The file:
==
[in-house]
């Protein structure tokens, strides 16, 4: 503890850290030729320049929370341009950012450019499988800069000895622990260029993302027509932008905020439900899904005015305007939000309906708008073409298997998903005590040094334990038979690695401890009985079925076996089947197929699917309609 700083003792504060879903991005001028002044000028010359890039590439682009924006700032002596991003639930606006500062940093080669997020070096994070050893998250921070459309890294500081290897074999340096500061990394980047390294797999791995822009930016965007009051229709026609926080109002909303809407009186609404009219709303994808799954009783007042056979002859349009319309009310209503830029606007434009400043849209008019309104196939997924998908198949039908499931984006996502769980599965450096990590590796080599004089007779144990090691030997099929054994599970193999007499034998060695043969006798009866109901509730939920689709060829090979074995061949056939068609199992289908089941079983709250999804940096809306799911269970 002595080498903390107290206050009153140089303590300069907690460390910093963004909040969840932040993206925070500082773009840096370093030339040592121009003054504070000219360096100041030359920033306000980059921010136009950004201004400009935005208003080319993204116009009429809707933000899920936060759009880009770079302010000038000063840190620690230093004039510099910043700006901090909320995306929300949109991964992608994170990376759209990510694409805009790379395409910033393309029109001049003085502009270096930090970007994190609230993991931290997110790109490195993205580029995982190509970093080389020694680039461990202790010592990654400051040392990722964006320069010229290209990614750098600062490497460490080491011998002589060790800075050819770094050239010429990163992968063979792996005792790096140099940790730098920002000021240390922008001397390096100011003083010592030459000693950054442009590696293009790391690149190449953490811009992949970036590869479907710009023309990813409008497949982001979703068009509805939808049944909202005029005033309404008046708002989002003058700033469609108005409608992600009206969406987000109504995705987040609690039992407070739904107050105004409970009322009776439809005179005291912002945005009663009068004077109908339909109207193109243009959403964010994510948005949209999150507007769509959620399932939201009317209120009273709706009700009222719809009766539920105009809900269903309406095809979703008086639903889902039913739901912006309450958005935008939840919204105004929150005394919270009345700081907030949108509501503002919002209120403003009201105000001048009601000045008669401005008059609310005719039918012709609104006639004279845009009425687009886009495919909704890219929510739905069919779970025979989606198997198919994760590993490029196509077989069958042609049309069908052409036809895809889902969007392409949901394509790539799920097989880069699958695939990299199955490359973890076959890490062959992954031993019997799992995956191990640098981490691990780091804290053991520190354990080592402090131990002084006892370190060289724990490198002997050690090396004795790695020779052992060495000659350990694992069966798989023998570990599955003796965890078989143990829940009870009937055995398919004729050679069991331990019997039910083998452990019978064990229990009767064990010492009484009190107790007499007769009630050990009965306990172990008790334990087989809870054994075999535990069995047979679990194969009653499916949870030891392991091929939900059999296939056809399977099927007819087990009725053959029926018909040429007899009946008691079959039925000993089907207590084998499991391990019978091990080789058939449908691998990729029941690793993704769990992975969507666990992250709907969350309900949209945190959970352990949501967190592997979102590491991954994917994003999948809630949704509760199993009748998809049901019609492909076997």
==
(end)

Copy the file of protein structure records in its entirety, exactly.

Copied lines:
[in-house]
């Protein structure tokens, strides 16, 4: 503890850290030729320049929370341009950012450019499988800069000895622990260029993302027509932008905020439900899904005015305007939000309906708008073409298997998903005590040094334990038979690695401890009985079925076996089947197929699917309609 700083003792504060879903991005001028002044000028010359890039590439682009924006700032002596991003639930606006500062940093080669997020070096994070050893998250921070459309890294500081290897074999340096500061990394980047390294797999791995822009930016965007009051229709026609926080109002909303809407009186609404009219709303994808799954009783007042056979002859349009319309009310209503830029606007434009400043849209008019309104196939997924998908198949039908499931984006996502769980599965450096990590590796080599004089007779144990090691030997099929054994599970193999007499034998060695043969006798009866109901509730939920689709060829090979074995061949056939068609199992289908089941079983709250999804940096809306799911269970 002595080498903390107290206050009153140089303590300069907690460390910093963004909040969840932040993206925070500082773009840096370093030339040592121009003054504070000219360096100041030359920033306000980059921010136009950004201004400009935005208003080319993204116009009429809707933000899920936060759009880009770079302010000038000063840190620690230093004039510099910043700006901090909320995306929300949109991964992608994170990376759209990510694409805009790379395409910033393309029109001049003085502009270096930090970007994190609230993991931290997110790109490195993205580029995982190509970093080389020694680039461990202790010592990654400051040392990722964006320069010229290209990614750098600062490497460490080491011998002589060790800075050819770094050239010429990163992968063979792996005792790096140099940790730098920002000021240390922008001397390096100011003083010592030459000693950054442009590696293009790391690149190449953490811009992949970036590869479907710009023309990813409008497949982001979703068009509805939808049944909202005029005033309404008046708002989002003058700033469609108005409608992600009206969406987000109504995705987040609690039992407070739904107050105004409970009322009776439809005179005291912002945005009663009068004077109908339909109207193109243009959403964010994510948005949209999150507007769509959620399932939201009317209120009273709706009700009222719809009766539920105009809900269903309406095809979703008086639903889902039913739901912006309450958005935008939840919204105004929150005394919270009345700081907030949108509501503002919002209120403003009201105000001048009601000045008669401005008059609310005719039918012709609104006639004279845009009425687009886009495919909704890219929510739905069919779970025979989606198997198919994760590993490029196509077989069958042609049309069908052409036809895809889902969007392409949901394509790539799920097989880069699958695939990299199955490359973890076959890490062959992954031993019997799992995956191990640098981490691990780091804290053991520190354990080592402090131990002084006892370190060289724990490198002997050690090396004795790695020779052992060495000659350990694992069966798989023998570990599955003796965890078989143990829940009870009937055995398919004729050679069991331990019997039910083998452990019978064990229990009767064990010492009484009190107790007499007769009630050990009965306990172990008790334990087989809870054994075999535990069995047979679990194969009653499916949870030891392991091929939900059999296939056809399977099927007819087990009725053959029926018909040429007899009946008691079959039925000993089907207590084998499991391990019978091990080789058939449908691998990729029941690793993704769990992975969507666990992250709907969350309900949209945190959970352990949501967190592997979102590491991954994917994003999948809630949704509760199993009748998809049901019609492909076997």